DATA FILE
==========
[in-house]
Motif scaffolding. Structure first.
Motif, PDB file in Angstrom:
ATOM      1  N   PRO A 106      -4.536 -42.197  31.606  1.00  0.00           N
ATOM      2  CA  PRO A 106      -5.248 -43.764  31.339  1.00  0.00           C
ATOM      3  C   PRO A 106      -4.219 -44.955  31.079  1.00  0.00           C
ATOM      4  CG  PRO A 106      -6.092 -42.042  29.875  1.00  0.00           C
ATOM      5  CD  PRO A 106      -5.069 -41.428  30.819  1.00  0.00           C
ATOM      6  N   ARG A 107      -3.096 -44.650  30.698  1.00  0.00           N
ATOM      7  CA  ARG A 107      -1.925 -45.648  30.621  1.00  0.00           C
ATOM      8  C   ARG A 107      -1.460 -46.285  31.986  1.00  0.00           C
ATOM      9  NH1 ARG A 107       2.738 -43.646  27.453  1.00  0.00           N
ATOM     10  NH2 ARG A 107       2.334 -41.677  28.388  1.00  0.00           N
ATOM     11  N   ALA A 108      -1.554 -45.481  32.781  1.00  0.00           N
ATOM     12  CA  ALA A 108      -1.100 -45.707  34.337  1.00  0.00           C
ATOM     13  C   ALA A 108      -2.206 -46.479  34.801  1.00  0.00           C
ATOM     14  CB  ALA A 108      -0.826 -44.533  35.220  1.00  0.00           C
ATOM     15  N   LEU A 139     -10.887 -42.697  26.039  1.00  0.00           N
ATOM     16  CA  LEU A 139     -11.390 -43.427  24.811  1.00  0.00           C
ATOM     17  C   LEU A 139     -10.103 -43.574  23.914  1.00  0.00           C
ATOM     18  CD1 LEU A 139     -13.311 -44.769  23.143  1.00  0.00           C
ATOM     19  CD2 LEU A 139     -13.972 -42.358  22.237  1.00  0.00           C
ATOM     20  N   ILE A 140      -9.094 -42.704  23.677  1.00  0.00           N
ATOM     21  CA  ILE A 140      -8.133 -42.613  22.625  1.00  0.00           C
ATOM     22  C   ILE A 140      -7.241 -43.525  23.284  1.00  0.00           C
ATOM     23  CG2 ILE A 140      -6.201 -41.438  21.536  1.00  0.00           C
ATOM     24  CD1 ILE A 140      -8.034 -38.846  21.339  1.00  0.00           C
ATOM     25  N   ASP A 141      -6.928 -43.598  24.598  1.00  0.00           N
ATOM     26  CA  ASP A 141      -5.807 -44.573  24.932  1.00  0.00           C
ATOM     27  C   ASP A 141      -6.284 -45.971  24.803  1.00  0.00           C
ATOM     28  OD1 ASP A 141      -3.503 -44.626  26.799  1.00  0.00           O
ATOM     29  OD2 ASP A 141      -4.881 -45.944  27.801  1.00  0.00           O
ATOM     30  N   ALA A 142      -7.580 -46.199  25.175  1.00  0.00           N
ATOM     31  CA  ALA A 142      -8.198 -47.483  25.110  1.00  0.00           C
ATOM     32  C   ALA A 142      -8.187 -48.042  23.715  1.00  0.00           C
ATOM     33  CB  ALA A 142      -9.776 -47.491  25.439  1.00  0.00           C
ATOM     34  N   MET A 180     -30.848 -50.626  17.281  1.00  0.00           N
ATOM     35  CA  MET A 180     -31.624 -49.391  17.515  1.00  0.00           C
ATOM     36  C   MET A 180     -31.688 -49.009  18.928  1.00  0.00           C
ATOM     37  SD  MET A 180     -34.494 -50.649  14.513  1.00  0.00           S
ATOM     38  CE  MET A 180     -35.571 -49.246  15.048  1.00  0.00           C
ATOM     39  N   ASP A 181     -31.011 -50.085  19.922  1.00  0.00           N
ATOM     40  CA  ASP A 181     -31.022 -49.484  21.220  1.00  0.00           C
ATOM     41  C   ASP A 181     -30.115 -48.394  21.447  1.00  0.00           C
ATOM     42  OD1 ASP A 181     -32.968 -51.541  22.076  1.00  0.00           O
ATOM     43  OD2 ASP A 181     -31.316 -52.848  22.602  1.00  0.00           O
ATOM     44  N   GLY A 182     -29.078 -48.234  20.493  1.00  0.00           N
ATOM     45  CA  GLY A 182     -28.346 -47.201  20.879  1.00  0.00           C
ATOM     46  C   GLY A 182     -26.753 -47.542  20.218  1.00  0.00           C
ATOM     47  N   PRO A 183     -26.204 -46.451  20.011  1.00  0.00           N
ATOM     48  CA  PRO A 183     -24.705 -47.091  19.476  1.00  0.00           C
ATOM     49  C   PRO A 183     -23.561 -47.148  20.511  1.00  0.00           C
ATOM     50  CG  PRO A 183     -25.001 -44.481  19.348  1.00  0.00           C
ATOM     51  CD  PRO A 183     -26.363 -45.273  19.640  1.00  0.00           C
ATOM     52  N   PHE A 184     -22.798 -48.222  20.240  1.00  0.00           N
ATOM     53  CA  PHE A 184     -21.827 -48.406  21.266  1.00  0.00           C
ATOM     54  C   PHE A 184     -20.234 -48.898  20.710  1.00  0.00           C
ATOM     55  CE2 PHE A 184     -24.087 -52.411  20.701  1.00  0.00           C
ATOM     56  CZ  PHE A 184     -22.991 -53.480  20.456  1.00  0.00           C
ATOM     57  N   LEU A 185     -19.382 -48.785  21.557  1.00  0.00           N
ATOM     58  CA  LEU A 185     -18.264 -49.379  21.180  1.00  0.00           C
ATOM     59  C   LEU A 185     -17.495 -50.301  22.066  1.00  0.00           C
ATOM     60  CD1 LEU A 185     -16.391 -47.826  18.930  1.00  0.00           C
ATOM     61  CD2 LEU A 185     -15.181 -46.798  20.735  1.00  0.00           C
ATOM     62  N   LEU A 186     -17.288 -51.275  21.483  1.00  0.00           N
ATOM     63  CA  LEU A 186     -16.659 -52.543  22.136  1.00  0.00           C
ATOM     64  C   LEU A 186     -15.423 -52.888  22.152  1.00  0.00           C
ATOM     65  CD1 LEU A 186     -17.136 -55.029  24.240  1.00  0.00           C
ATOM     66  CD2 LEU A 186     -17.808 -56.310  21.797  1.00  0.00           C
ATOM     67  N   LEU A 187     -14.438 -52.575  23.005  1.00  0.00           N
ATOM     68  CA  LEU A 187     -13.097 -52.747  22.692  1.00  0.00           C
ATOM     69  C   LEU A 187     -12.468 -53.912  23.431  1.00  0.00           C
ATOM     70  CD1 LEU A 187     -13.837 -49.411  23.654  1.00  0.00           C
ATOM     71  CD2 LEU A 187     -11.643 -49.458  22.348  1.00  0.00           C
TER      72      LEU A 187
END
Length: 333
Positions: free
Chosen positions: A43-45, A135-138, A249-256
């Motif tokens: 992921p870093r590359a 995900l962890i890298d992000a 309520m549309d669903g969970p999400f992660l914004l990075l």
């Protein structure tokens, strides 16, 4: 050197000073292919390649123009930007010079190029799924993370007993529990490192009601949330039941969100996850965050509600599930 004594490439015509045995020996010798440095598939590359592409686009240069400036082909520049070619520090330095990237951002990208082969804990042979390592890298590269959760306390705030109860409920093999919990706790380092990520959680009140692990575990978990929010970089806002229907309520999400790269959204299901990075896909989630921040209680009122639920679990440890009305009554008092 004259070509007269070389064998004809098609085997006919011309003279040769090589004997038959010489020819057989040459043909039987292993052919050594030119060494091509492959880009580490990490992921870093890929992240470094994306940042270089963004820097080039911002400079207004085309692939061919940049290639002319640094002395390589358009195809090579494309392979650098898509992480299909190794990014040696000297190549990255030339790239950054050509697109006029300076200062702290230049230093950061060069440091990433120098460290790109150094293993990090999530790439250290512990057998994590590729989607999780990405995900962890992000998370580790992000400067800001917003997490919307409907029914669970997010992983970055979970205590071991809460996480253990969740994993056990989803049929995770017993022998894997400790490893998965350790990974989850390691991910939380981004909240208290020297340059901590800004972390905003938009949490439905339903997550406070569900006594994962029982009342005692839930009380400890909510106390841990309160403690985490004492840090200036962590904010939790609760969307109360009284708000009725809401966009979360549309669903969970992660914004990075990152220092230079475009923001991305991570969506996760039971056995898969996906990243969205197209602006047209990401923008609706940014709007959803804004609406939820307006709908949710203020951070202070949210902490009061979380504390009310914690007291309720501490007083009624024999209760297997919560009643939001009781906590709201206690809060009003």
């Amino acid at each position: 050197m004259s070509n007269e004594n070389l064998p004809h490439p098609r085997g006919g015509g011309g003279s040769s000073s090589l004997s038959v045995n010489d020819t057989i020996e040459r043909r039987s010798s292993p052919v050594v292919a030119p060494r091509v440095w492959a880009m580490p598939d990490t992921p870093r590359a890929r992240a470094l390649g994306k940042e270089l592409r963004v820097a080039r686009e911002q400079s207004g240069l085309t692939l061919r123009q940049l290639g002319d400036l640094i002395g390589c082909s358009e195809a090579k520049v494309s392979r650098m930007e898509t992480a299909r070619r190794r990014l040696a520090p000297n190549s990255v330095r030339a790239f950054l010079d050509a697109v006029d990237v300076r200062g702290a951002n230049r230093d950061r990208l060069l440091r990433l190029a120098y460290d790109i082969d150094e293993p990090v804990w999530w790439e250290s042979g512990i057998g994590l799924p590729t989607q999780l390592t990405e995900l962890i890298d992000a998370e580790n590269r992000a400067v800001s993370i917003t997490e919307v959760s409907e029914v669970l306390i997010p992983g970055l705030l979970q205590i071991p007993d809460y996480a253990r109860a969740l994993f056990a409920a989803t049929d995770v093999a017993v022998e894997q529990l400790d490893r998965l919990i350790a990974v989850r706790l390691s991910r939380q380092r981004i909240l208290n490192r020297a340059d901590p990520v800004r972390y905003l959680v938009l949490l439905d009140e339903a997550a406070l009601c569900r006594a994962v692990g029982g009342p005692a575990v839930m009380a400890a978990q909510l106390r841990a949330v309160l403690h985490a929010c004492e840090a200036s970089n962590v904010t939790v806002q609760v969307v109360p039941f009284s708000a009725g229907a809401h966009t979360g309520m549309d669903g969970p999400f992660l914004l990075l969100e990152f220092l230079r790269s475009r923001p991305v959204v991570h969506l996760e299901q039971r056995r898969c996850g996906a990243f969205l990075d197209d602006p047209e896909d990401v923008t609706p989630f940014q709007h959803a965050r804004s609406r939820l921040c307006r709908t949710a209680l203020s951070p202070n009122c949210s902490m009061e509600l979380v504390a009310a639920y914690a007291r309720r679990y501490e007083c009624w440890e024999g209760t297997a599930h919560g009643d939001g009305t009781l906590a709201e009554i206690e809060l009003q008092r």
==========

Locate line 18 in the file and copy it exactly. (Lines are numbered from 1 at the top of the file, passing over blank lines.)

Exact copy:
ATOM     15  N   LEU A 139     -10.887 -42.697  26.039  1.00  0.00           N